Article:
We’re going to talk about Bad Code and the Bad Programmers that Write It in my next post, but for now, let me explain that, even if the code that exists really is 90% done (and trust me, it’s not, but that’s another post), that it would still take the new guy you hired significantly more time and money than the 10% you have left.
That seems impossible to a lot of people that I talk to. I think that’s because a lot of people who don’t write code for a living think of software as being made up of more or less interchangeable blocks. A lot of people think of programming like construction. They think there must be the equivalent of two-by-fours and bricks and sheet rock.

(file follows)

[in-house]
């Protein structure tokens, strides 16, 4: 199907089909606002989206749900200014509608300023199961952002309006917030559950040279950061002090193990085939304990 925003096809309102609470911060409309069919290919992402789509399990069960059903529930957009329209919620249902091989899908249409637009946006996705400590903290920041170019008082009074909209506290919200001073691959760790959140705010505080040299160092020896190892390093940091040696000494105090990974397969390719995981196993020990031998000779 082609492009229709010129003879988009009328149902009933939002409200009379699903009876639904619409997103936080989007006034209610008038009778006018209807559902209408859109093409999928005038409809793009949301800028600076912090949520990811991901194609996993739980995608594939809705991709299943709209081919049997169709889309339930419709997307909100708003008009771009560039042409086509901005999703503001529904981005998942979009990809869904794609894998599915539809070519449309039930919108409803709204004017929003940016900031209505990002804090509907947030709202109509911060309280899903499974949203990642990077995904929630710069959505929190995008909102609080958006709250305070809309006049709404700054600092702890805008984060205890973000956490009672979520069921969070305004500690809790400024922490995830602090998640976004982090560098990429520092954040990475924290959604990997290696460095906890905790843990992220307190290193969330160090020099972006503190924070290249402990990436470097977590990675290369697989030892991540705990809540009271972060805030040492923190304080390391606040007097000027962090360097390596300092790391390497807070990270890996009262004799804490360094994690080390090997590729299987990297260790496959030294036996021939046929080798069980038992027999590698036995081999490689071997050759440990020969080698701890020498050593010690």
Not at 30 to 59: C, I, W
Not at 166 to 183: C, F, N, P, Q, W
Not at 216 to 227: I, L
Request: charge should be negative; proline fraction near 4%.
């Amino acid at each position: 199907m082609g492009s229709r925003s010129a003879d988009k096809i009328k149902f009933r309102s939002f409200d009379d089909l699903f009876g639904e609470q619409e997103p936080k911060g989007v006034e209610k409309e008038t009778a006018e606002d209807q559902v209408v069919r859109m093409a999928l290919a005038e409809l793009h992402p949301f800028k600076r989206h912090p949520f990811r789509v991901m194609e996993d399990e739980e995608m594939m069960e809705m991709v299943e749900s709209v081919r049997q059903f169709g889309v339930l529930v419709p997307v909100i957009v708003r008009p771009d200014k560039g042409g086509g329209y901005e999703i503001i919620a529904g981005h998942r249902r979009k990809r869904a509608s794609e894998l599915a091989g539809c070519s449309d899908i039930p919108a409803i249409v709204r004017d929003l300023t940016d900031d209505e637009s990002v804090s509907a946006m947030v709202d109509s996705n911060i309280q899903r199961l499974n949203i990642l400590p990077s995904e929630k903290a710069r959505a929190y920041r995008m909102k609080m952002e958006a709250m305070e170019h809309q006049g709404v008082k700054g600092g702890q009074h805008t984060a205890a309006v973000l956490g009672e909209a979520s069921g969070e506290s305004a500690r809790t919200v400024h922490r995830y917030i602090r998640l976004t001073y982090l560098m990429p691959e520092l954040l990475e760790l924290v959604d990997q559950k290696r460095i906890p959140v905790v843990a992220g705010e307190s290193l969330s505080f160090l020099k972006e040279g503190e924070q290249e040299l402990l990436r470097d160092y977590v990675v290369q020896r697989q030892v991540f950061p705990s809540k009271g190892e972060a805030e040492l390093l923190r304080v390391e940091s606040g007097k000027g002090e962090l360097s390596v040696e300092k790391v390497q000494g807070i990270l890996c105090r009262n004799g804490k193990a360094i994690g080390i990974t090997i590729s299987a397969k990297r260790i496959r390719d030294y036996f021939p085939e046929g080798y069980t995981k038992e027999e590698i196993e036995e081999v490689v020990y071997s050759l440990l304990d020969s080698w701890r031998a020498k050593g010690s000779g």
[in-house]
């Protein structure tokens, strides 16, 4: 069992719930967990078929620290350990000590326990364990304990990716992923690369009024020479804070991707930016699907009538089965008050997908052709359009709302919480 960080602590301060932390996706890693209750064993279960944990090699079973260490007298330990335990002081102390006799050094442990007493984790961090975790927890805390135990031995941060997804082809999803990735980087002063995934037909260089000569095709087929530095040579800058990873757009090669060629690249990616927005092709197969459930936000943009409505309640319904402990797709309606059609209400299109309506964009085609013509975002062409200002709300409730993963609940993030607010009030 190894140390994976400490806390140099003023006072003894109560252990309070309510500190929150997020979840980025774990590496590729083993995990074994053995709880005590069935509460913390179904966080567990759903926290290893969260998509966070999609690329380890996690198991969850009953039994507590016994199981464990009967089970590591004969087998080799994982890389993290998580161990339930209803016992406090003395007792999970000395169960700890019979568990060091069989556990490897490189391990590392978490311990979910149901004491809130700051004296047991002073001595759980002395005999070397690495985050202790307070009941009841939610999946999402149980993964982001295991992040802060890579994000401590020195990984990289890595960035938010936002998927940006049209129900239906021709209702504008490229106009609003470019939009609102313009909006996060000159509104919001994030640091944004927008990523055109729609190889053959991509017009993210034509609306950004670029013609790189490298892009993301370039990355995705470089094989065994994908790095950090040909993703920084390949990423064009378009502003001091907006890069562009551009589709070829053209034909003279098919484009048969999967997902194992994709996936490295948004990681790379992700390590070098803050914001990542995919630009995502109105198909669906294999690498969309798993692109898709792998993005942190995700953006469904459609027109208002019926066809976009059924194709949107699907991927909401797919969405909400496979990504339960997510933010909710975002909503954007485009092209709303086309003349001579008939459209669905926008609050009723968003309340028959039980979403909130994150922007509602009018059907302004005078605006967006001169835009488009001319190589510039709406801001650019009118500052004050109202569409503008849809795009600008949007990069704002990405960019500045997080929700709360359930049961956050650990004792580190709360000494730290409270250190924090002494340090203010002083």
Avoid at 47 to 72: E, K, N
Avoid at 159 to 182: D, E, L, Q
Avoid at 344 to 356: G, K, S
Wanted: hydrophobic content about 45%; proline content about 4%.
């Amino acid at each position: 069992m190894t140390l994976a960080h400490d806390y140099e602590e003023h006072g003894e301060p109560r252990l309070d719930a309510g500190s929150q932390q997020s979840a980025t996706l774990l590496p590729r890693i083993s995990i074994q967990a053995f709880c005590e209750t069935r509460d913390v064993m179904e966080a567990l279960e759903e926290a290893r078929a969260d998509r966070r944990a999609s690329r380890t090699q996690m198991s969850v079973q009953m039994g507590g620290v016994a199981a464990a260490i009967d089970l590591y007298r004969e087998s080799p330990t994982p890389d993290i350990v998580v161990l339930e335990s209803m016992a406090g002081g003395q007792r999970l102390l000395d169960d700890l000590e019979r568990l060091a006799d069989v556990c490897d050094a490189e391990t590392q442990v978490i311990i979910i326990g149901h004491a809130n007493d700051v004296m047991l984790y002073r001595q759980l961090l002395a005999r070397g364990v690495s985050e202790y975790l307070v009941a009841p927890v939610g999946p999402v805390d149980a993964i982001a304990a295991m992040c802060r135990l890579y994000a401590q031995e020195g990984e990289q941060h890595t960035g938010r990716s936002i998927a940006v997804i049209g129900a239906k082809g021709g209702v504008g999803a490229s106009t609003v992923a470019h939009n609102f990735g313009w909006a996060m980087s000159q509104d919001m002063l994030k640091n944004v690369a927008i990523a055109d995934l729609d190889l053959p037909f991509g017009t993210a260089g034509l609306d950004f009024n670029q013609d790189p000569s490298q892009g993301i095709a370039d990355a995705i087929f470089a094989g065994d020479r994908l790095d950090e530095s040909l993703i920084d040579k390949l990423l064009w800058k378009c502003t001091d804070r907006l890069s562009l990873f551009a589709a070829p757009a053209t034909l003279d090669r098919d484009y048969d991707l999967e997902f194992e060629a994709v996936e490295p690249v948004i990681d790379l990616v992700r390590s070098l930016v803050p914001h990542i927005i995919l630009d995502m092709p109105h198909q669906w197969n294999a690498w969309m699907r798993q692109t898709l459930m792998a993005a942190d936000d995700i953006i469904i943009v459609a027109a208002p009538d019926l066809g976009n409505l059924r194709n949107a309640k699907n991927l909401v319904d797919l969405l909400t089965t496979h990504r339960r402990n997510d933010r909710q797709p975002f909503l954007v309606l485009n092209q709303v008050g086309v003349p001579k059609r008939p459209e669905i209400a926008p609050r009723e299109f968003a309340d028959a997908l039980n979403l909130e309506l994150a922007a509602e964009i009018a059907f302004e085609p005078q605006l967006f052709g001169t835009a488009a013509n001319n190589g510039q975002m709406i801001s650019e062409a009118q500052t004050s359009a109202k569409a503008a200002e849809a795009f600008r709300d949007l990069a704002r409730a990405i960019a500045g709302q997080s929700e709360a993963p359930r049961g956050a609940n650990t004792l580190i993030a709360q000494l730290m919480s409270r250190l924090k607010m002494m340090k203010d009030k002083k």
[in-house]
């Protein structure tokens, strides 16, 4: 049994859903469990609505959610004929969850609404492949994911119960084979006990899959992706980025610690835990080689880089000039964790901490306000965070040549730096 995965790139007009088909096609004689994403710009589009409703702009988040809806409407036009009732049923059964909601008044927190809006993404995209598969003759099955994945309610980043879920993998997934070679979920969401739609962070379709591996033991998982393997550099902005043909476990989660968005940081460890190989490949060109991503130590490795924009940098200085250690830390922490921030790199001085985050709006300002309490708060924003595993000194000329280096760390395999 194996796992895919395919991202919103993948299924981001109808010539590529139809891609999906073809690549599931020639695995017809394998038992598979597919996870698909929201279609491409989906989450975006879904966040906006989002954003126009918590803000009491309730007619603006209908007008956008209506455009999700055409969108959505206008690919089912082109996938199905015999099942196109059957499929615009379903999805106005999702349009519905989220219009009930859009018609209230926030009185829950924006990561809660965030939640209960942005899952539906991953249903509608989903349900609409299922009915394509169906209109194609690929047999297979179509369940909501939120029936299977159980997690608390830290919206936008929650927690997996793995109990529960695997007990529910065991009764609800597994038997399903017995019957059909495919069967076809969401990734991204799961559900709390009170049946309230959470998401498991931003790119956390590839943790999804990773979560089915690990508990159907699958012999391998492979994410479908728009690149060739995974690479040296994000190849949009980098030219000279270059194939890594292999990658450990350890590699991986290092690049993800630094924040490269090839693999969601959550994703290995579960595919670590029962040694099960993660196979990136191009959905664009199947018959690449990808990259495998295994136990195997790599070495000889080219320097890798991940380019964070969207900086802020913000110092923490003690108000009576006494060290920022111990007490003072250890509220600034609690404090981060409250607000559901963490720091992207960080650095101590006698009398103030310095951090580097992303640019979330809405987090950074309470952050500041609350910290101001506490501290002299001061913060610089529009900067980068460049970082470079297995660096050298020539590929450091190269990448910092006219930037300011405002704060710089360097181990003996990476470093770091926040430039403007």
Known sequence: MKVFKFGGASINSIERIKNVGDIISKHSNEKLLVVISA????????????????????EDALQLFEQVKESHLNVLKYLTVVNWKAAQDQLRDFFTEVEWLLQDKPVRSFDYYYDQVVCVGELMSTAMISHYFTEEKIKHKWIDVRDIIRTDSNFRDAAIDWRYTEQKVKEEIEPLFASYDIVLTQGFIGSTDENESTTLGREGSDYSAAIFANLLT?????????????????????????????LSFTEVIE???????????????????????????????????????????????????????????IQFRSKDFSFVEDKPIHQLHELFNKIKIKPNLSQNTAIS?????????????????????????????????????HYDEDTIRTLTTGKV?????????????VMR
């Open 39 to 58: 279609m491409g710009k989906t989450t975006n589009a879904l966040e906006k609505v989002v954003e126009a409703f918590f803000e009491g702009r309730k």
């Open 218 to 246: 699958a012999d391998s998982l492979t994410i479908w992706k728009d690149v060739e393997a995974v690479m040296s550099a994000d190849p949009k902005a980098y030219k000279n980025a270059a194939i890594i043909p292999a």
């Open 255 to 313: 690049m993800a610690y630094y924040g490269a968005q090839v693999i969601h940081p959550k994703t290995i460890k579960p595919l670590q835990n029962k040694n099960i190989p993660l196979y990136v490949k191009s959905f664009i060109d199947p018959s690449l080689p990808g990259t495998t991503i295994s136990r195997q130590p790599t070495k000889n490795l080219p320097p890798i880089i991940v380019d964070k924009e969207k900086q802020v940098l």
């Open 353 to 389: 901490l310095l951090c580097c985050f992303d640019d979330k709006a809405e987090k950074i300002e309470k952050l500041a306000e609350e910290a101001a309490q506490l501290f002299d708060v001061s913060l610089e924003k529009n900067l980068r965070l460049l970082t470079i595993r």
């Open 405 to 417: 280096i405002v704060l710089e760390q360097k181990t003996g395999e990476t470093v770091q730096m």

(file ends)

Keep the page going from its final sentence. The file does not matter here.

They expect that if the guy painting your house gets sick and he wasn’t intentionally trying to rip them off, any other housepainter can tell immediately where the new paint is and what hasn’t been painted yet, open up the unused cans of paint and finish in roughly the same amount of additional time that the first guy said it would take.
And virtually everyone knows that when they call someone to change out the appliances and cabinets in their kitchen that it shouldn’t cost 80–120% of the market value of the entire house.
So what’s the disconnect here?
First, let’s start with an analogy
Let’s say you walk into a restaurant and the restaurant owner immediately grabs you and drags you into the kitchen. There’s something sizzling in a pan on one of the burners, a pot bubbling away on another one and something roasting in the oven. You are told “we have a banquet starting in two hours and our cook just quit, can you just finish this up real quick?”